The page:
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dc.contributor.authorGrover S
dc.contributor.authorStein CM
dc.contributor.authorZiegler A
dc.contributor.authorDel Greco M F
dc.date.accessioned2019-04-01T08:40:03Z
dc.date.available2019-04-01T08:40:03Z
dc.date.issued2017
dc.identifier.isbn978-1-4939-7
dc.identifier.urihttp://dx.doi.org/10.1007/978-1-4939-7274-6_29
dc.identifier.urihttp://hdl.handle.net/10863/9164
dc.description.abstractConfounding and reverse causality have prevented us from drawing meaningful clinical interpretation even in well-powered observational studies. Confounding may be attributed to our inability to randomize the exposure variable in observational studies. Mendelian randomization (MR) is one approach to overcome confounding. It utilizes one or more genetic polymorphisms as a proxy for the exposure variable of interest. Polymorphisms are randomly distributed in a population, they are static throughout an individual’s lifetime, and may thus help in inferring directionality in exposure–outcome associations. Genome-wide association studies (GWAS) or meta-analyses of GWAS are characterized by large sample sizes and the availability of many single nucleotide polymorphisms (SNPs), making GWAS-based MR an attractive approach. GWAS-based MR comes with specific challenges, including multiple causality. Despite shortcomings, it still remains one of the most powerful techniques for inferring causality.en_US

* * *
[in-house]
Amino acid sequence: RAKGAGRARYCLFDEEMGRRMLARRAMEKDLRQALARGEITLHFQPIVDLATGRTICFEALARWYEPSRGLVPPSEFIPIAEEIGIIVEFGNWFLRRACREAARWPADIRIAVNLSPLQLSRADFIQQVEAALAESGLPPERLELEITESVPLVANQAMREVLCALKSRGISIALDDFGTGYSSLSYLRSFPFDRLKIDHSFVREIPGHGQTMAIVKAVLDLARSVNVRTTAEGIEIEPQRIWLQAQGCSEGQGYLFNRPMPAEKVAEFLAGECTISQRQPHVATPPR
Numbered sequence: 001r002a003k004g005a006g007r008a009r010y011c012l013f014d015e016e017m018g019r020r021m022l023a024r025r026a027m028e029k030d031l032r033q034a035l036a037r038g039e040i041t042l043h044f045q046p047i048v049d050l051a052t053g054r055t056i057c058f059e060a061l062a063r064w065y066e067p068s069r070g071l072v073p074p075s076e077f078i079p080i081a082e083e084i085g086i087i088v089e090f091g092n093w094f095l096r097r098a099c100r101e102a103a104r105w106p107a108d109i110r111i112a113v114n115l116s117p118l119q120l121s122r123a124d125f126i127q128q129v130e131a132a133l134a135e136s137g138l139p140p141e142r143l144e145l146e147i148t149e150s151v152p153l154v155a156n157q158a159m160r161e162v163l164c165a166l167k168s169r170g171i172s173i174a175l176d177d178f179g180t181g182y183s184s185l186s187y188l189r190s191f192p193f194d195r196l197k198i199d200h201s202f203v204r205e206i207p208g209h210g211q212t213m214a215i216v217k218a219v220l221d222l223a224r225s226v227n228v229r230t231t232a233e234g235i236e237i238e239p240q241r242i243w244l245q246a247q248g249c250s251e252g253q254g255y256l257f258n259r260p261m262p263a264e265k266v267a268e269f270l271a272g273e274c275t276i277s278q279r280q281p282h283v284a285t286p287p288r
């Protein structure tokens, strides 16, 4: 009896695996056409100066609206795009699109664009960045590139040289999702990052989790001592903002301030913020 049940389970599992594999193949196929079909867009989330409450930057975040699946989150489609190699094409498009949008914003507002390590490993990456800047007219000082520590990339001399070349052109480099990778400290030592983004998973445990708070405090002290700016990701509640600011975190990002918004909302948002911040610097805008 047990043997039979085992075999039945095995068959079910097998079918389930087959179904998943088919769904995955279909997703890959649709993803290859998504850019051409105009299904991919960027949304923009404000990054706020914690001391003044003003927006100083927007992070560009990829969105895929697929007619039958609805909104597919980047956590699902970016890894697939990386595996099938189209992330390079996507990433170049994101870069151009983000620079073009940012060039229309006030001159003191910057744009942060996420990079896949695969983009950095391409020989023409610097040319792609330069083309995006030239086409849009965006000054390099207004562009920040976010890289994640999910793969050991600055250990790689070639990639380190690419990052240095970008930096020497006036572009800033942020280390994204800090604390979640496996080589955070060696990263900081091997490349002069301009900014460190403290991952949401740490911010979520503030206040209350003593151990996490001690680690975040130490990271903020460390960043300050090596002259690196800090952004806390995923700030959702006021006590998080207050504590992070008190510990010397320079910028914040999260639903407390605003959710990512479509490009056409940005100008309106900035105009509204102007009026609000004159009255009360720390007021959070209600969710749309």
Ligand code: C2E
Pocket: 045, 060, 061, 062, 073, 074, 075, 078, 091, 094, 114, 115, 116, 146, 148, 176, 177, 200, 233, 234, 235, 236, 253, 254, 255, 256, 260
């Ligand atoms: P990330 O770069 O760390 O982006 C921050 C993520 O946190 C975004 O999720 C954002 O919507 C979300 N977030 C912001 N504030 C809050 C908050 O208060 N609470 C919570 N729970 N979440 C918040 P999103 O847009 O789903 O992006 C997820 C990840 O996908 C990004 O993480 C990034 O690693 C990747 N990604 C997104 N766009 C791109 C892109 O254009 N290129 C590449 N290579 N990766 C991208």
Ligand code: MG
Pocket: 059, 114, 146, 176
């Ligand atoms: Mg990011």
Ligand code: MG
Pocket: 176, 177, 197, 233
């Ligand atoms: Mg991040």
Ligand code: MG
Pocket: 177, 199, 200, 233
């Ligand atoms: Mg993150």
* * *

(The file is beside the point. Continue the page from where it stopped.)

dc.languageEnglish
dc.language.isoenen_US
dc.relation
dc.rights
dc.titleMendelian Randomizationen_US
dc.typeBook chapteren_US
dc.date.updated2019-03-28T13:35:44Z
dc.publication.titleStatistical Human Genetics
dc.language.isiEN-GB
dc.description.fulltextnoneen_US


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